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June 25, 2017

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Chinglish a problem for teachers

Local English newspapers were quick to jump on a story this week from Shanghai on the topic of Chinglish.

Let us admit "Chinglish" is not as new a word as it may appear. I heard it for the first time here in Taipei 30 years ago when I first began teaching English. It had probably been around years earlier.

"I'm trying to get my students to do it right," a colleague said to me. The "it" was English. "I want them to stop writing and speaking Chinglish, you know? I want them to learn English."

My friend went on to describe for me that savory mixture of Chinese and English that we have over the years come to know as Chinglish. Indeed, if Professor Higgins grows accustomed to Eliza Doolittle's face as "My Fair Lady" draws to a close, many of us have grown more than accustomed to Chinglish in our lives in Taiwan.

At times Chinglish can be a bit mysterious, but in an entertaining way. It may also be charming. At the wrong moment, however, Chinglish can annoy a reader or listener, and be a source of crimson-faced embarrassment to a non-native speaker of English.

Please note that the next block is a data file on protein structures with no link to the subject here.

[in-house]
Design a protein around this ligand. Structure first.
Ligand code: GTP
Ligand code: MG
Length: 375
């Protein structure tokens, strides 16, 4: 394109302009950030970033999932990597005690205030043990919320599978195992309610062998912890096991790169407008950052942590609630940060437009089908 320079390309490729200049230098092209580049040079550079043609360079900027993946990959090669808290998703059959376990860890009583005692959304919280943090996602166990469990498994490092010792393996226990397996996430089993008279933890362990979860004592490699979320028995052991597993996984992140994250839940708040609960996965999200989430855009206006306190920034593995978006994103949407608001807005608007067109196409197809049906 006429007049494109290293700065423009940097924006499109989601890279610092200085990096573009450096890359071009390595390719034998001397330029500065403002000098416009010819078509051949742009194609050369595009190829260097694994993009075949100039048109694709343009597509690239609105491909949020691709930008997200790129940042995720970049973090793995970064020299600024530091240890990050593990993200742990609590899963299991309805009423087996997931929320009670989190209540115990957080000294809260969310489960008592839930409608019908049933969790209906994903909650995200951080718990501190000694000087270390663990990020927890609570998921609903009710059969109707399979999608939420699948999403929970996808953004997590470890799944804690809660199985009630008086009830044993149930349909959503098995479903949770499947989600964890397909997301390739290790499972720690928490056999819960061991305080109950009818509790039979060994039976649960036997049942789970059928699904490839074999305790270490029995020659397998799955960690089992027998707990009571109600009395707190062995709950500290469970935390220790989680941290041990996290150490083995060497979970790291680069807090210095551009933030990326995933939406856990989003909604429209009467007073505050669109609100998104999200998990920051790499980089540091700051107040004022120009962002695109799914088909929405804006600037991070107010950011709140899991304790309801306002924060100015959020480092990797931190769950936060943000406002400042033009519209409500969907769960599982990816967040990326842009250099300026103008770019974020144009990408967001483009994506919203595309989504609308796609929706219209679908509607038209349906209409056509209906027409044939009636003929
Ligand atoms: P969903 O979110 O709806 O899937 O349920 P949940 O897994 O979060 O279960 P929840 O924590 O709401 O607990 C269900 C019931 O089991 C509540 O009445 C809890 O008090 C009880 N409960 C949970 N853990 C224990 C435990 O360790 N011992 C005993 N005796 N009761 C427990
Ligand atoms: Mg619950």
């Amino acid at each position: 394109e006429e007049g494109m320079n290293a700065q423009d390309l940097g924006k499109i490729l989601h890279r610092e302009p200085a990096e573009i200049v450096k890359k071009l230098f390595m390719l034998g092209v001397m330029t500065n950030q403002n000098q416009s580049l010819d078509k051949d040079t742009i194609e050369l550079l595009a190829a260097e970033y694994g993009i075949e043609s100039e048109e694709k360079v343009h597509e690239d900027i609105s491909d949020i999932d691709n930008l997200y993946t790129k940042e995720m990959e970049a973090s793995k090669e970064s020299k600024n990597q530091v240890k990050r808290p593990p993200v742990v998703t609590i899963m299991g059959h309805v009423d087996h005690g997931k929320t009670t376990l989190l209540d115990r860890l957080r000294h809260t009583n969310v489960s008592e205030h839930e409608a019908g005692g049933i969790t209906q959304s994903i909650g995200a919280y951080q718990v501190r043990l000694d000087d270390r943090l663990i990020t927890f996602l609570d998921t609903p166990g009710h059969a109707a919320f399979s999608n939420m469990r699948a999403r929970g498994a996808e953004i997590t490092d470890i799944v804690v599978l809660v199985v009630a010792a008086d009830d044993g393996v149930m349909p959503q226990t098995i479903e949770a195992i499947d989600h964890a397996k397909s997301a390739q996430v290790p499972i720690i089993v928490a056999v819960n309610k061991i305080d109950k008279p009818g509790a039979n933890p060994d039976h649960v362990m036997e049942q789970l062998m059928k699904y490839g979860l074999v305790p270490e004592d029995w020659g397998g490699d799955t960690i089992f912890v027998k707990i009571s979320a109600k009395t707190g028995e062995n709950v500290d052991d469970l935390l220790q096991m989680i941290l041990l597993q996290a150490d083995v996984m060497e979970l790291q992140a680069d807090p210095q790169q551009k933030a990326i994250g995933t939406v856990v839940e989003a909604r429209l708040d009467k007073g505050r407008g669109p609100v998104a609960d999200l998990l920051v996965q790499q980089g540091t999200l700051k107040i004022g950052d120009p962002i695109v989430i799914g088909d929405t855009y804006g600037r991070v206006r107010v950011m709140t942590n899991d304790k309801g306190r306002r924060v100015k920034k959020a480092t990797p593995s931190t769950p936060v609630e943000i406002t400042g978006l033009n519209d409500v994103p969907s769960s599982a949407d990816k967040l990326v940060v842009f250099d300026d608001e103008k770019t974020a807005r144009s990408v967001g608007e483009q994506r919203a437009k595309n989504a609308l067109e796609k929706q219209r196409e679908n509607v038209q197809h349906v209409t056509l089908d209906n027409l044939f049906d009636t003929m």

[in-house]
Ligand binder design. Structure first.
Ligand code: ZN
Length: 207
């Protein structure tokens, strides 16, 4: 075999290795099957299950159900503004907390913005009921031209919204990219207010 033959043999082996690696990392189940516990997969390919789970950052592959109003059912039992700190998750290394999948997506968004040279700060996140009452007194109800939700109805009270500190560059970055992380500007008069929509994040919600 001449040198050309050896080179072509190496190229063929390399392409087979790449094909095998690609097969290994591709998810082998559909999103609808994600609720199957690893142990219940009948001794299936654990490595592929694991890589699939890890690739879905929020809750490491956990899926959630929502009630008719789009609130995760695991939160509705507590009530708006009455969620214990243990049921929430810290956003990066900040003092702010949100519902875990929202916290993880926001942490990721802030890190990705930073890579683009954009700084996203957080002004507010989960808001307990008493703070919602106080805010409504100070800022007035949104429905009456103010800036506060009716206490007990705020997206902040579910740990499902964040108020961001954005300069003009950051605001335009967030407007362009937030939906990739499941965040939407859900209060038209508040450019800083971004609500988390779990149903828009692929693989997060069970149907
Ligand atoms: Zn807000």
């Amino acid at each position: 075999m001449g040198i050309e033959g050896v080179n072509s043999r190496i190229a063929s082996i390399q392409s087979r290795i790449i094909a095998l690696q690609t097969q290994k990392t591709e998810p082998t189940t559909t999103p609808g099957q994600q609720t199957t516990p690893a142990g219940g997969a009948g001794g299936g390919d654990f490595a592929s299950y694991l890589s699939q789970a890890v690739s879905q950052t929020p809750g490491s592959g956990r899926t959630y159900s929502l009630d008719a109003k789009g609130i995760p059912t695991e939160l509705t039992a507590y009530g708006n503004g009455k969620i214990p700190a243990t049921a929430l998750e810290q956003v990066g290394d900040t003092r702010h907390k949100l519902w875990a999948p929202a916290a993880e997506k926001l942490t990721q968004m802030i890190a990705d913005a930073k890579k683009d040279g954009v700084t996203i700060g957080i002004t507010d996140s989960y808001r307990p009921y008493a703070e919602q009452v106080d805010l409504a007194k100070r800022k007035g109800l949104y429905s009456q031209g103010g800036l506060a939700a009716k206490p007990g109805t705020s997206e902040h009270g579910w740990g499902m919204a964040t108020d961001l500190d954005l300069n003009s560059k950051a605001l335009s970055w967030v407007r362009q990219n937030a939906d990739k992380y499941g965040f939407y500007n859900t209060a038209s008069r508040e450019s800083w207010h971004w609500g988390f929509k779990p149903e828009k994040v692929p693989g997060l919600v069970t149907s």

A fellow by the name of Oliver Radtke published a text entitled "Chinglish: Found in Translation" in 2007. More than 50,000 copies of the text have been snapped up, as they say in the book business, and Mr. Radtke has cranked out a second volume on the topic. Radtke is particularly interested in the Chinglish he finds on a spate of signs, menus, public announcement boards and the like in Shanghai and other places in China.

Radtke told reporters recently that Chinglish is "so much more than just incompetent English or incorrect English." One of the examples he cited was this one, taken from a sign near a public restroom: "You can enjoy the fresh air after finishing a civilized urinating."

I cannot say I have lacked opportunities to gather my own examples of Chinglish in a fat note pad, Chinglish Taiwan style, that is. Radtke has beaten me to the draw. One of the reasons I've hesitated to compile a personal list of favorite Chinglish expressions is that I honestly have mixed feelings about this peculiar hybrid of language.

Mr. Radtke feels Chinglish communicates "a certain Chinese way of thinking," and he may be right. Why do most westerners feel somehow alienated by "a civilized urinating"? Why are we squeamish about natural bodily functions? I don't deny the value of that question.

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